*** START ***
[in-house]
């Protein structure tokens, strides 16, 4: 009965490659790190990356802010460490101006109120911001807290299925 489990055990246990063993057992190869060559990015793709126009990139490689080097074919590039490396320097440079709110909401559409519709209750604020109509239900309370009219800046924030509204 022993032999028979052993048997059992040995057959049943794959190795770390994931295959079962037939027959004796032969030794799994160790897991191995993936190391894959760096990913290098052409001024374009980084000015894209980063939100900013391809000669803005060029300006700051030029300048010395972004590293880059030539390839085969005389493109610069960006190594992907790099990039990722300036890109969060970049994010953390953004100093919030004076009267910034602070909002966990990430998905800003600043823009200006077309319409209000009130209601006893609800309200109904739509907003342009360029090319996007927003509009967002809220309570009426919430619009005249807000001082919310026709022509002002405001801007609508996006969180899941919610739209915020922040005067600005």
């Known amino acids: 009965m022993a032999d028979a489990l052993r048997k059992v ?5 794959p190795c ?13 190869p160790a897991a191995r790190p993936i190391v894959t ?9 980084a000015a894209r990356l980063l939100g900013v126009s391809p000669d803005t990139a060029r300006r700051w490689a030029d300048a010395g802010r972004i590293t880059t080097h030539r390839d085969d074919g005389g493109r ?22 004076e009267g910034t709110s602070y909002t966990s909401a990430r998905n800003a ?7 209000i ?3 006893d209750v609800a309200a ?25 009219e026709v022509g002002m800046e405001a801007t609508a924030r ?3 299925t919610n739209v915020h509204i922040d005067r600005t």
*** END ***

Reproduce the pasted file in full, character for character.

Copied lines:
[in-house]
């Protein structure tokens, strides 16, 4: 009965490659790190990356802010460490101006109120911001807290299925 489990055990246990063993057992190869060559990015793709126009990139490689080097074919590039490396320097440079709110909401559409519709209750604020109509239900309370009219800046924030509204 022993032999028979052993048997059992040995057959049943794959190795770390994931295959079962037939027959004796032969030794799994160790897991191995993936190391894959760096990913290098052409001024374009980084000015894209980063939100900013391809000669803005060029300006700051030029300048010395972004590293880059030539390839085969005389493109610069960006190594992907790099990039990722300036890109969060970049994010953390953004100093919030004076009267910034602070909002966990990430998905800003600043823009200006077309319409209000009130209601006893609800309200109904739509907003342009360029090319996007927003509009967002809220309570009426919430619009005249807000001082919310026709022509002002405001801007609508996006969180899941919610739209915020922040005067600005």
């Known amino acids: 009965m022993a032999d028979a489990l052993r048997k059992v ?5 794959p190795c ?13 190869p160790a897991a191995r790190p993936i190391v894959t ?9 980084a000015a894209r990356l980063l939100g900013v126009s391809p000669d803005t990139a060029r300006r700051w490689a030029d300048a010395g802010r972004i590293t880059t080097h030539r390839d085969d074919g005389g493109r ?22 004076e009267g910034t709110s602070y909002t966990s909401a990430r998905n800003a ?7 209000i ?3 006893d209750v609800a309200a ?25 009219e026709v022509g002002m800046e405001a801007t609508a924030r ?3 299925t919610n739209v915020h509204i922040d005067r600005t």